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THE

IDLER

N° 85. SATURDAY, DECEMBER 1, 1759.

ONE of the peculiarities which distinguish the present age is the multiplication of books. Every day brings new advertisements of literary undertakings, and we are flattered with repeated promises of growing wise on easier terms than our progenitors,

How much either happiness or knowledge is advanced by this multitude of authors, it is not very easy to dicide.

He that teaches us any thing which we knew not before, is undoubtedly to be reverenced as a master.

He that conveys knowledge by more pleasing ways, may very properly be loved as a benefactor; and he that supplies life with innocent amusement, will be certainly caressed as a pleasing companion.

But few of those who fill the world with books have any pretensions to the hope either of pleasing - or instructing. They have often no other task than to lay two books before them, out of which

Vol. IX.

they compile a third, without any new materials of their own, and with very little application of judgment to those which former authors have supplied.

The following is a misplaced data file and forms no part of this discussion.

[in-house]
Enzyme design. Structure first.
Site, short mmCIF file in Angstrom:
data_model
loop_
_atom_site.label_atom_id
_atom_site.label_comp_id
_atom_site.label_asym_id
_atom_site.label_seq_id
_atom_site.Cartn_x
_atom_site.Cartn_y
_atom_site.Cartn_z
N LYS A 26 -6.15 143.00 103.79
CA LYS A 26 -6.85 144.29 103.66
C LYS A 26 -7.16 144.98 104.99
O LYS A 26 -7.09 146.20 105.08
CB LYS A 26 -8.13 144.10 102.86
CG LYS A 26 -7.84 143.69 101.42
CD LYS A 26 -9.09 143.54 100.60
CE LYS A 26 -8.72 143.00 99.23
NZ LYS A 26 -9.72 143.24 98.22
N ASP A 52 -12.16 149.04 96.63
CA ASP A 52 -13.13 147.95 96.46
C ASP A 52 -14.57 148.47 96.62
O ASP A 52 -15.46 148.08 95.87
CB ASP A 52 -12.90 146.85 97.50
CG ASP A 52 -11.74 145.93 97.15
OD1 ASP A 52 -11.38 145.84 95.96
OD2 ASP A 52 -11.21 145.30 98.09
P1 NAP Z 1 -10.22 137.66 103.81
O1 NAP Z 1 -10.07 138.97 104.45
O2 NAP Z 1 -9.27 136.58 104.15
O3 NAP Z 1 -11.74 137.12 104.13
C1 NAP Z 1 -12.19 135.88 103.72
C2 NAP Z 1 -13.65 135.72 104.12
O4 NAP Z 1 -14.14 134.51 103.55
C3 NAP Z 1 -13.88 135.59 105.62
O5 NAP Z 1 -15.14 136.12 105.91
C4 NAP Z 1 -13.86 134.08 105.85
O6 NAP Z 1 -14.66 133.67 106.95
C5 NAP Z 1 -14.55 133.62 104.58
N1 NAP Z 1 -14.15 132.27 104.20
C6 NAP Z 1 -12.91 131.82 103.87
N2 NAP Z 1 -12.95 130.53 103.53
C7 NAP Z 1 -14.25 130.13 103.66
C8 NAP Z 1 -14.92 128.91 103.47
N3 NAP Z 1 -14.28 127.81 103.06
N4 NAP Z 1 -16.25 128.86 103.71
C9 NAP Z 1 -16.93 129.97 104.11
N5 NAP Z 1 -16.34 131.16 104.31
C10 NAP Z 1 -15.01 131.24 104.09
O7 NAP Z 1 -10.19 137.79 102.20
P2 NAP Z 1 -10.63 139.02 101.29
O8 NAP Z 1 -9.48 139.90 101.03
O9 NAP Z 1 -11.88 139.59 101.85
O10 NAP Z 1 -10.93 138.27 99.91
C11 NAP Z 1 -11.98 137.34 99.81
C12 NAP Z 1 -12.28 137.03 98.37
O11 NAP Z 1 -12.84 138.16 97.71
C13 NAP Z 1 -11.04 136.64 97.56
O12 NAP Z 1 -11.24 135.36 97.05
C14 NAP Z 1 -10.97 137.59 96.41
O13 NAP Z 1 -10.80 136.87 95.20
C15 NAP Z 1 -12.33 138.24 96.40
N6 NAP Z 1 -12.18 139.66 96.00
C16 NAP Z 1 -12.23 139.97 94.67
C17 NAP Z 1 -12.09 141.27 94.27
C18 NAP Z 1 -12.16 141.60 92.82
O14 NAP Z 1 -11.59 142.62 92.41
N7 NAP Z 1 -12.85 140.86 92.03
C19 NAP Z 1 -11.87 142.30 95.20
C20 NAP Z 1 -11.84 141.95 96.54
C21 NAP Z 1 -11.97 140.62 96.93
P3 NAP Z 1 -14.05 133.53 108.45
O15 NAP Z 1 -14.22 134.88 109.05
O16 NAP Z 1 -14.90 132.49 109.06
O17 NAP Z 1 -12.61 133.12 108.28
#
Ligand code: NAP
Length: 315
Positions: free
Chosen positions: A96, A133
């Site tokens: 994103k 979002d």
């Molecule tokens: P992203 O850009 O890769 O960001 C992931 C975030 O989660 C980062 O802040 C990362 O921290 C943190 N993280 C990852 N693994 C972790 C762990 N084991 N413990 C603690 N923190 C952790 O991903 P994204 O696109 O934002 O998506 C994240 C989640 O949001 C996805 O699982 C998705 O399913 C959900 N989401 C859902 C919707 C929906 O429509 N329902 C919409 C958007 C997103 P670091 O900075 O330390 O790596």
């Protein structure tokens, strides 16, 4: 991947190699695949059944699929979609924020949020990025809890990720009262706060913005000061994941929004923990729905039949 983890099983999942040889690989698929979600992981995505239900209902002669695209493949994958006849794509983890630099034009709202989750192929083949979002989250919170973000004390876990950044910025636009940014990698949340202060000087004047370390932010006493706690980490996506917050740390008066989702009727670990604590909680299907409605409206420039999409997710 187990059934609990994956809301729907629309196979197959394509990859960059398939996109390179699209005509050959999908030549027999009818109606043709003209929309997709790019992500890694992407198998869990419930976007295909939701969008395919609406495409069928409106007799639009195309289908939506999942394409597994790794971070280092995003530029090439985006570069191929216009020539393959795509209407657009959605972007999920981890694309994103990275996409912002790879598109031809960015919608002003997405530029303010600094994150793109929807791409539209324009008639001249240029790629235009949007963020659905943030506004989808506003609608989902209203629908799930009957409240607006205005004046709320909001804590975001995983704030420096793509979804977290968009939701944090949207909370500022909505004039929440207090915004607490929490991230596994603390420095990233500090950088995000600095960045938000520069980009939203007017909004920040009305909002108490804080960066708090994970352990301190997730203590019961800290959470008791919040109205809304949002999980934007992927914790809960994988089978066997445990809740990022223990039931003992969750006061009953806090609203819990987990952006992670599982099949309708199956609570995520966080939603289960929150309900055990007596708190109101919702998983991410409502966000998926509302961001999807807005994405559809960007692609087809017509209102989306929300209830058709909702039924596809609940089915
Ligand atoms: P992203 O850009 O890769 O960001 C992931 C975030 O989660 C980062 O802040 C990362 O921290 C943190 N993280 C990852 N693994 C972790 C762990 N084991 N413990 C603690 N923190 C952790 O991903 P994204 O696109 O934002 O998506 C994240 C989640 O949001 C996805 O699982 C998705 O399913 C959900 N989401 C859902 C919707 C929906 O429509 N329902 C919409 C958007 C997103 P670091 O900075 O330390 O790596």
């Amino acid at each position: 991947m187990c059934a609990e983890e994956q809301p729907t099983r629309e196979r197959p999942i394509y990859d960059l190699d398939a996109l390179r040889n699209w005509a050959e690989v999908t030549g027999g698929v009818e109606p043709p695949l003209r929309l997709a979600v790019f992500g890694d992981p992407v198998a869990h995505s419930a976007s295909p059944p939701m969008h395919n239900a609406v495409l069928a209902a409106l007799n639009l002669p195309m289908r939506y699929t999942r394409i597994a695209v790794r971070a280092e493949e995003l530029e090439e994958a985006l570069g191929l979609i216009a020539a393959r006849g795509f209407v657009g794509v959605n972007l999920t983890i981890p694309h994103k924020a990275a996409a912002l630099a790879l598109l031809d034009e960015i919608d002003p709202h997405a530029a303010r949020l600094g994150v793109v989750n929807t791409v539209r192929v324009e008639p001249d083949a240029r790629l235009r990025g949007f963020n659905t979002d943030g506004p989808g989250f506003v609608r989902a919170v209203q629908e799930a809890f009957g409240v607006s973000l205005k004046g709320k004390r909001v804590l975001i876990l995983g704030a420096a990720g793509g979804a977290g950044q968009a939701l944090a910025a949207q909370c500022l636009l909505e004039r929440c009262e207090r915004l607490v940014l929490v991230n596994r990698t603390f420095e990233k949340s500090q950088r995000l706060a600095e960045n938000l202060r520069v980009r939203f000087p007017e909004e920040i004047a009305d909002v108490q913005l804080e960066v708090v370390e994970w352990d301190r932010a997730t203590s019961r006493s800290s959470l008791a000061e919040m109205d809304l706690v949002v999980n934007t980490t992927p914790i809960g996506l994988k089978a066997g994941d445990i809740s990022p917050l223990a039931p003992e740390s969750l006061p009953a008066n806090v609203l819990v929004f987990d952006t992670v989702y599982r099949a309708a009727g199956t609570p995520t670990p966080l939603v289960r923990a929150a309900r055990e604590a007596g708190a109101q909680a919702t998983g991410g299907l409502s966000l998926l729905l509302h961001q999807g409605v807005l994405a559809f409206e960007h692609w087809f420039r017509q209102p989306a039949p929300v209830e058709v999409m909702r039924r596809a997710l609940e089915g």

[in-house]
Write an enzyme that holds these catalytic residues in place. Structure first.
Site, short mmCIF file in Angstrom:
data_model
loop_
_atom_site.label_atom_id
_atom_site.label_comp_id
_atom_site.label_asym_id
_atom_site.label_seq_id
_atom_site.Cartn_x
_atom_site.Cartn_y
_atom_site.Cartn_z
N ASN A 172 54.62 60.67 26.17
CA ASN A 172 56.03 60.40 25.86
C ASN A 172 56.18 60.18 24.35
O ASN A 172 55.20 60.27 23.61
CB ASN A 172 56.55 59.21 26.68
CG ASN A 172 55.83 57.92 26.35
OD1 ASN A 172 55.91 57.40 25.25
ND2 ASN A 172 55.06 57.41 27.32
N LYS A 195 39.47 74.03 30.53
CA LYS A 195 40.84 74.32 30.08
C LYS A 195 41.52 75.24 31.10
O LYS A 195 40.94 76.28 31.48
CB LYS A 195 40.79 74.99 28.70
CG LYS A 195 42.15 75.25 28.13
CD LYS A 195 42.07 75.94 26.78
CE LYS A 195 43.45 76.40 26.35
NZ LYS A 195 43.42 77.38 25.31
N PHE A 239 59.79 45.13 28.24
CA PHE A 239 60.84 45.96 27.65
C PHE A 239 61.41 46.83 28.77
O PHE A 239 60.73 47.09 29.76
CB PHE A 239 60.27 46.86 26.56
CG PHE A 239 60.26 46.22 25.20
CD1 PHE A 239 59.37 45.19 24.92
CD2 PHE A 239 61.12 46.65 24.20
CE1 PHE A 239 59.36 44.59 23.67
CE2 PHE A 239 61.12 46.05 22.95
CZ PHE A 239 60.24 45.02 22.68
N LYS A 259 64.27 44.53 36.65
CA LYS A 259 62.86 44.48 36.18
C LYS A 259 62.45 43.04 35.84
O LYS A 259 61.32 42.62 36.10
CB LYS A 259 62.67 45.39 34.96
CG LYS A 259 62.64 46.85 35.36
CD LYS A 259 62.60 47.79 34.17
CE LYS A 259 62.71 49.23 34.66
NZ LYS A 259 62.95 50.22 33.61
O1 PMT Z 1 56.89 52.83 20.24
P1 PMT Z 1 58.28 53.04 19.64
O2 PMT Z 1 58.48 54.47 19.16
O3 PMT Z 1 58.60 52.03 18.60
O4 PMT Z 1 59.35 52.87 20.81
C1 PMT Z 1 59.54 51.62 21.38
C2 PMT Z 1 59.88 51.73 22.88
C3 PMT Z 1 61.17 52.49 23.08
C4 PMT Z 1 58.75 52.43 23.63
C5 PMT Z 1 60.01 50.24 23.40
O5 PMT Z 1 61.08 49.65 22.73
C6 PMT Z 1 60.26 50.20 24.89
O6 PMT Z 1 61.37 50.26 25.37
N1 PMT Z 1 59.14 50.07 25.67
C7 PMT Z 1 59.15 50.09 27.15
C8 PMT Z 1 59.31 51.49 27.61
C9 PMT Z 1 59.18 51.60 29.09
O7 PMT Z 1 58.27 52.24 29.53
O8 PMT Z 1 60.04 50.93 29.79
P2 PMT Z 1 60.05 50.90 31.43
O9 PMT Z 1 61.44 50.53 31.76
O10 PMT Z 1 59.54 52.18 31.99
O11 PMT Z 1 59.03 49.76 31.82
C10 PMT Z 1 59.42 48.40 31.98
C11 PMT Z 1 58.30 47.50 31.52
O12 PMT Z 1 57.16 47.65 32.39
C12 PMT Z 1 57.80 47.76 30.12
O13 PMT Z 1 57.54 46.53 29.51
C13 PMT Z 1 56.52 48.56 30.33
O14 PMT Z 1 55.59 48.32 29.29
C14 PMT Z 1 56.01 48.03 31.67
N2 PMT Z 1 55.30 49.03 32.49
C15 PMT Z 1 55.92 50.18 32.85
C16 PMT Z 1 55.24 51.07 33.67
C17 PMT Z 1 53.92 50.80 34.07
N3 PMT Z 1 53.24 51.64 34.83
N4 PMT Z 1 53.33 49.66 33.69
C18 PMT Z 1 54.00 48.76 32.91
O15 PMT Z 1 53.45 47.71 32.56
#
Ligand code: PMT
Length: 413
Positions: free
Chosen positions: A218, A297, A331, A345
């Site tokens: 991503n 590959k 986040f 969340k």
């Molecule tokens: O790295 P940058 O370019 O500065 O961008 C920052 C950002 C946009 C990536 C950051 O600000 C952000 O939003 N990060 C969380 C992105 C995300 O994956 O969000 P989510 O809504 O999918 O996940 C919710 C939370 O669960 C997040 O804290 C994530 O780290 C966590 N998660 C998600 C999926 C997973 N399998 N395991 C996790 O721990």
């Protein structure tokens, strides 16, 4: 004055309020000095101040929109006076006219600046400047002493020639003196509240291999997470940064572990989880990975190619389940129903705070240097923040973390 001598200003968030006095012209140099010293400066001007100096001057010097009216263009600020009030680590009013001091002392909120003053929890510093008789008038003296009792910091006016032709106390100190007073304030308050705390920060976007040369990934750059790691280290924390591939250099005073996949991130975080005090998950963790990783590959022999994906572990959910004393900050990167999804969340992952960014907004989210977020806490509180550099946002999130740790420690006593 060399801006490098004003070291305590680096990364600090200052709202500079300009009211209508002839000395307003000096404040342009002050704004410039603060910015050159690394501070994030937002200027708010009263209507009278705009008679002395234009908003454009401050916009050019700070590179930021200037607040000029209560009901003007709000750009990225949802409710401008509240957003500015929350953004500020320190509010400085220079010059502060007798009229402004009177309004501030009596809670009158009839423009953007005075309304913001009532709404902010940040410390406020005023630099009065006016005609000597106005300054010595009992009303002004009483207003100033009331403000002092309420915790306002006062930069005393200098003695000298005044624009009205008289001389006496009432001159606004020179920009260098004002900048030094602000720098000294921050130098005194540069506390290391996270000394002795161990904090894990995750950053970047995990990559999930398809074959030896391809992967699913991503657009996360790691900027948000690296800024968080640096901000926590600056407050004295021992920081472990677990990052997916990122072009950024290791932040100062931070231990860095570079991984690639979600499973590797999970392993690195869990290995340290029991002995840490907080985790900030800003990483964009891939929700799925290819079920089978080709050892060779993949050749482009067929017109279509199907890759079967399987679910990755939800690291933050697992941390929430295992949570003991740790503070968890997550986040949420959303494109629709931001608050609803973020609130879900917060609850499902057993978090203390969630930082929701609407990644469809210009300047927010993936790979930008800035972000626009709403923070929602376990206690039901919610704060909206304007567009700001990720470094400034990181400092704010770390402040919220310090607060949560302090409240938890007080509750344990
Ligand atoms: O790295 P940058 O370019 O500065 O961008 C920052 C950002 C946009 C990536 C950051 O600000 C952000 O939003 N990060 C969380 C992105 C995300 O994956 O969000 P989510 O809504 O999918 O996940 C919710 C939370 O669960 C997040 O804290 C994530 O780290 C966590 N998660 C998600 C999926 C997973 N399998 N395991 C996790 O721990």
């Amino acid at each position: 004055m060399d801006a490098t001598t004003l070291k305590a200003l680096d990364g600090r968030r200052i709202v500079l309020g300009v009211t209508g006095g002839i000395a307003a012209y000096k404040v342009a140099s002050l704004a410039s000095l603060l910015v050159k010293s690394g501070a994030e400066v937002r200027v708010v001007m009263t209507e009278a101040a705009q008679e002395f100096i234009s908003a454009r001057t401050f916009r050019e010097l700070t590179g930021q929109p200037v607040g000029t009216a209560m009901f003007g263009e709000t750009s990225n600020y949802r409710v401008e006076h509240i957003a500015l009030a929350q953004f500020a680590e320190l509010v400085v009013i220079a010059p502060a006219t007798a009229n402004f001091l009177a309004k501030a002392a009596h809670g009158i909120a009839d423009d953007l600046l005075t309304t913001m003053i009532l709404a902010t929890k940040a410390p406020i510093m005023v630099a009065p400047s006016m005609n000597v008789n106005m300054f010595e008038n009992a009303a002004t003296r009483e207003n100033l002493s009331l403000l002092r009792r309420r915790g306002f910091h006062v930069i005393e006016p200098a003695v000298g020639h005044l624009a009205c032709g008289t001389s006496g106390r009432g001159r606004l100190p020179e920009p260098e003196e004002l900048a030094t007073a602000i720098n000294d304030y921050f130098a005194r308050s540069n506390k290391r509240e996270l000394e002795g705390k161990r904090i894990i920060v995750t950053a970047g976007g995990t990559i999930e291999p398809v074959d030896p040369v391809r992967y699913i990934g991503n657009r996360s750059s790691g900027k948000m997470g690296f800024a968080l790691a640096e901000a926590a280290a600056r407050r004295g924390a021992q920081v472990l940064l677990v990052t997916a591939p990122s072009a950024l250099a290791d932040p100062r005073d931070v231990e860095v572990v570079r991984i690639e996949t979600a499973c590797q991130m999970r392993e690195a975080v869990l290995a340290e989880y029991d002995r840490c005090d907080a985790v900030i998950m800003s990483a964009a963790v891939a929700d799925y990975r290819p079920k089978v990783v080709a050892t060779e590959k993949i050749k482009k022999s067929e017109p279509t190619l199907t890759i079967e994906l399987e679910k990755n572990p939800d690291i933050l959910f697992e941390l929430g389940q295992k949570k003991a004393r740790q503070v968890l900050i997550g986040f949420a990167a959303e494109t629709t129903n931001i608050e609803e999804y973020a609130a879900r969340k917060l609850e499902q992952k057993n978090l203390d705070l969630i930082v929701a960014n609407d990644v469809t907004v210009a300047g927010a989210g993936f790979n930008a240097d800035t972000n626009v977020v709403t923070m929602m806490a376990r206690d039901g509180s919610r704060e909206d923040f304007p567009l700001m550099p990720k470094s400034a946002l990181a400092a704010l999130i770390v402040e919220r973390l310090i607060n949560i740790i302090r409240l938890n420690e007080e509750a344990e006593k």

That all compilations are useless I do not assert. Particles of science are often very widely scattered. Writers of extensive comprehension have incidental remarks upon topicks very remote from the principal subject, which are often more valuable than formal treatises, and which yet are not known because they are not promised in the title. He that collects those under proper heads is very laudably employed, for though he exerts no great abilities in the work, he facilitates the progress of others, and by making that easy of attainment which is already written, may give some mind, more vigorous or more adventurous than his own, leisure for new thoughts and original designs.

But the collections poured lately from the press have been seldom made at any great expence of time or inquiry, and therefore only serve to distract choice without supplying any real want.

It is observed that a currupt society has many laws; I know not whether it is not equally true, that an ignorant age has many books. When the treasures of ancient knowledge lie unexamined, and original authors are neglected and forgotten, compilers and plagiaries are encouraged, who give us again what we had before, and grow great by setting before us what our own sloth had hidden from our view.

Yet are not even these writers to be indiscriminately censured and rejected. Truth, like beauty, varies its fashions, and is best recommended by dif. ferent dresses to different minds; and he that recalls the attention of mankind to any part of learning which time has left behind it, ma, be truely said

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